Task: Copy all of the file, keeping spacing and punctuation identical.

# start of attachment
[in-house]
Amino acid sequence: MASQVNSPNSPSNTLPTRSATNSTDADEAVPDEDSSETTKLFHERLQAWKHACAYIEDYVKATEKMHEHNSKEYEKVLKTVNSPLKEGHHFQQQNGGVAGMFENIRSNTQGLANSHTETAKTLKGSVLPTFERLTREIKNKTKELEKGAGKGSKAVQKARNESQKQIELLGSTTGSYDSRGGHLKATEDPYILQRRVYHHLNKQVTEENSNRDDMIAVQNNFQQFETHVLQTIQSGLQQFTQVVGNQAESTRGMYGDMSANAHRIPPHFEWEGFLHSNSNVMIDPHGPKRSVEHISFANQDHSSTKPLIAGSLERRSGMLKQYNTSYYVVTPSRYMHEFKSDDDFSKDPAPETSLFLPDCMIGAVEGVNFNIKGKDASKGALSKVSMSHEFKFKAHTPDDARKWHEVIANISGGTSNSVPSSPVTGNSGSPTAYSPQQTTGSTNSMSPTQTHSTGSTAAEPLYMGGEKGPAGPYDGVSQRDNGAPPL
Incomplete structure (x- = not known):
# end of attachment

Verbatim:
[in-house]
Amino acid sequence: MASQVNSPNSPSNTLPTRSATNSTDADEAVPDEDSSETTKLFHERLQAWKHACAYIEDYVKATEKMHEHNSKEYEKVLKTVNSPLKEGHHFQQQNGGVAGMFENIRSNTQGLANSHTETAKTLKGSVLPTFERLTREIKNKTKELEKGAGKGSKAVQKARNESQKQIELLGSTTGSYDSRGGHLKATEDPYILQRRVYHHLNKQVTEENSNRDDMIAVQNNFQQFETHVLQTIQSGLQQFTQVVGNQAESTRGMYGDMSANAHRIPPHFEWEGFLHSNSNVMIDPHGPKRSVEHISFANQDHSSTKPLIAGSLERRSGMLKQYNTSYYVVTPSRYMHEFKSDDDFSKDPAPETSLFLPDCMIGAVEGVNFNIKGKDASKGALSKVSMSHEFKFKAHTPDDARKWHEVIANISGGTSNSVPSSPVTGNSGSPTAYSPQQTTGSTNSMSPTQTHSTGSTAAEPLYMGGEKGPAGPYDGVSQRDNGAPPL
Incomplete structure (x- = not known):